Monthly Archives: February 2012
You may have noticed the NaBloPoMo badge on the right side of this page. NaBloPoMo is a commitment to post every day for a month. And, I have decided to jump in for March 2012.
Because I am crazy. Maybe, but I have some good reasons.
- I have been anxious to try a few new things on my blog and this is an excuse.
- Settling into a new house is a great time to build new routines. Everything about my life is in flux, and things will slowly settle into habits without my putting much effort into it. If I can tie good new habits into the new place, I will have done myself a favour. One of the habits I am trying to establish is daily writing. Having a commitment to post every day will push me in that direction – even though I can write posts in advance, it will still be a nudge.
- I am trying to push myself to write faster and having a higher output commitment will force me to do that.
So, here we go. Off for a ride. I hope you’ll check in over the month and see what is happening.
It’s moving day, the perfect day to reflect on all the things in my writing life that are in motion now.
- I am now a contributing writer for An Intense Life. The blog’s vision is to discuss giftedness from many angles and aspects.
- I won Charlotte Rains Dixon’s Valentine’s Day drawing for a journal (that I can always use) and a critique of 25 pages of manuscript. This is a much-needed kick in the pants as I have dragged on my revisions during the move. It couldn’t have come at a better time.
- Thanks to nudging from Sharon Overend, I have joined a novel-writing class, as much to force me to build a better writing schedule as to help me take my work in progress to the next level.
- My husband and I have agreed on a change to our routine that will allow me an additional 5-7 hours of writing a week. Yay!
- On the back burner, but still simmering, are plans to use the Blogging from A-Z challenge in April to launch my website of resources for recovering serious people.
It is all go, and all in the right direction. I am looking forward to being mostly unpacked and settling in to my new routines.
My two major creative projects are running in tandem for the moment.
My husband and I are making changes to our new house that we want done before we bring furniture over at the end of next week. These are the big projects, the ones that are painful to do while living in the space, the floors.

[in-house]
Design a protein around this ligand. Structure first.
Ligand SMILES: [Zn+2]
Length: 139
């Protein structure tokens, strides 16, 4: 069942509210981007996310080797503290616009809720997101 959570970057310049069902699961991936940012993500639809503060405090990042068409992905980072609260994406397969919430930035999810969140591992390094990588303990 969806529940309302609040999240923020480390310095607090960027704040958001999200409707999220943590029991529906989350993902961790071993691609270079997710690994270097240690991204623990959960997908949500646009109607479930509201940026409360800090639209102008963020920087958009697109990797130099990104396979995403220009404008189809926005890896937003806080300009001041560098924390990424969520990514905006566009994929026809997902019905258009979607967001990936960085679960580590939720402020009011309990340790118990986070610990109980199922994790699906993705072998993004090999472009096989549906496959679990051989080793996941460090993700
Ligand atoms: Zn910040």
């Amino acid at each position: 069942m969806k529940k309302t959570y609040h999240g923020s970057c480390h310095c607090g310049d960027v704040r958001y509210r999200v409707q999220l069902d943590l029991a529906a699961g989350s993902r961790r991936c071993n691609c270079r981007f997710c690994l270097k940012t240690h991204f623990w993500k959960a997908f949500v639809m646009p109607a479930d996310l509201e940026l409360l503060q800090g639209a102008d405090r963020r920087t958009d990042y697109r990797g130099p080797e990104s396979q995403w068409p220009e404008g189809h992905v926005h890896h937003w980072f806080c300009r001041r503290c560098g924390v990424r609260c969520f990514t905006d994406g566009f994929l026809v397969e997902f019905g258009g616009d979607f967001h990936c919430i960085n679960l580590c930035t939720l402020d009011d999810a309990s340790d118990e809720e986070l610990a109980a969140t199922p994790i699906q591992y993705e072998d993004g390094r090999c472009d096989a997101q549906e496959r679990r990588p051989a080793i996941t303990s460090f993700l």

My novel is undergoing major surgery. The big stuff. The stuff where you throw out most of the words and hang on to a few core pieces of story.
In both projects, I see huge potential. But both require digging deep and getting dirty.
In the house, we are tearing up flooring and putting in new carpet and new hardwood floors. To save money, we have ripped out the old flooring ourselves and have hired a small business to put the new floors down. We split the job. I did most of two rooms and my husband finished the second room and tore up a third. Both of us have committed to this new house with blood and toil.
The revisions to my novel will not be finished so quickly, and I have to do both the destruction and the rebuilding. But I have the same sense of tearing away the surface of the work to find the centre that will hold. There will be new covering for the ideas that work and for the core story that is being told.
But, the colours, the textures, the mood, and even the point of view are all up for grabs.
As I dig deeper past my fears, I find the story needs to be told through different scenes in different locations, with a different cast of characters. There is a creamy centre to the work that I will care for, but the outer coating is being melted down into raw materials.
This is scary. I have a lot of words that will not make the cut. But, for now, I am not even looking at the words. I have a spreadsheet with a description of each scene that currently exists in my manuscript and I am transforming that scene list into a beat sheet. Only when I have completed that transformation will I start to write again.